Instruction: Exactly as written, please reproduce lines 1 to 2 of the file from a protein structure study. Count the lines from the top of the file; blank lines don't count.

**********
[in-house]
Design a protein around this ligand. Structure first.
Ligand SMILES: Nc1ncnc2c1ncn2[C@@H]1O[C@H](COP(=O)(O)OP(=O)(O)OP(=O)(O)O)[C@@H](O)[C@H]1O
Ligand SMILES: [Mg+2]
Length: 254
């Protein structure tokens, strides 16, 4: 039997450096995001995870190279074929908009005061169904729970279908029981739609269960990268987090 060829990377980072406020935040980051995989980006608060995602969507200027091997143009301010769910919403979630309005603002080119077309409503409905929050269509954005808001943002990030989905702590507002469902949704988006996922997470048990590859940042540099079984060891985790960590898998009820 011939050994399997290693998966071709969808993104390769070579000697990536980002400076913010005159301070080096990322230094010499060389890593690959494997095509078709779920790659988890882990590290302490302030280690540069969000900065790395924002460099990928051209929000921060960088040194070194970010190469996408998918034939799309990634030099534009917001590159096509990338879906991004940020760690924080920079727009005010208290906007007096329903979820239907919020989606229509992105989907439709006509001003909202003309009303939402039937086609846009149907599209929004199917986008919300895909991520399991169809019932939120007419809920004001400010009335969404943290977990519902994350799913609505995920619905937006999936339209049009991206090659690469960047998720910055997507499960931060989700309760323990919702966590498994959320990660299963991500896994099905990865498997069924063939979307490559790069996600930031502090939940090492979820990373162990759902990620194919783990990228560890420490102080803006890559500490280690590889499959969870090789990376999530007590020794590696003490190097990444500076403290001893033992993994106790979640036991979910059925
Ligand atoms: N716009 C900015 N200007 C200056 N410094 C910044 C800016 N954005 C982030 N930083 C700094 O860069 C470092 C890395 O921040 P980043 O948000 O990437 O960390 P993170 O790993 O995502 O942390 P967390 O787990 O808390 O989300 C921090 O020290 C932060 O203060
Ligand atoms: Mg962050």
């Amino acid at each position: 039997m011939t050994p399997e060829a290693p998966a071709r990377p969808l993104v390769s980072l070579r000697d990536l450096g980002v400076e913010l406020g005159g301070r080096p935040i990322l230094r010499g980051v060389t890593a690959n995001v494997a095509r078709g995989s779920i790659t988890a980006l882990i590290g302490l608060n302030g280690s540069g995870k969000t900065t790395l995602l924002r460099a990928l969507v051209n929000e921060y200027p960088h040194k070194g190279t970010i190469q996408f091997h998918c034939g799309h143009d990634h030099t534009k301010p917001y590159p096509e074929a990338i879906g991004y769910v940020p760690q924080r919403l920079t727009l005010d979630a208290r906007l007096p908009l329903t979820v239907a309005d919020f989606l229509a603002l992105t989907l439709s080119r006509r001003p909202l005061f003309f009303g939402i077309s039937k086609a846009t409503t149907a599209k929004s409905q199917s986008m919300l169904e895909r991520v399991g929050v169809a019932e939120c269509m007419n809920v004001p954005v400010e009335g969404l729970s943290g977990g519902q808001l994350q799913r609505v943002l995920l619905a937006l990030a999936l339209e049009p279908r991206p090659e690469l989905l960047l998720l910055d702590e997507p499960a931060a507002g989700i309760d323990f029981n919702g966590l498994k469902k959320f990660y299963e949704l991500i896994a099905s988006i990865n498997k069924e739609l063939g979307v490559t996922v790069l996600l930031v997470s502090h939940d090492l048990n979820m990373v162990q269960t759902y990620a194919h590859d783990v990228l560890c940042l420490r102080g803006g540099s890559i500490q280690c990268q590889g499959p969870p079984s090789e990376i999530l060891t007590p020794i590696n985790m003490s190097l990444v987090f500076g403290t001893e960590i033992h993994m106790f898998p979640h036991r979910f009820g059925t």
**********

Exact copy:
[in-house]
Design a protein around this ligand. Structure first.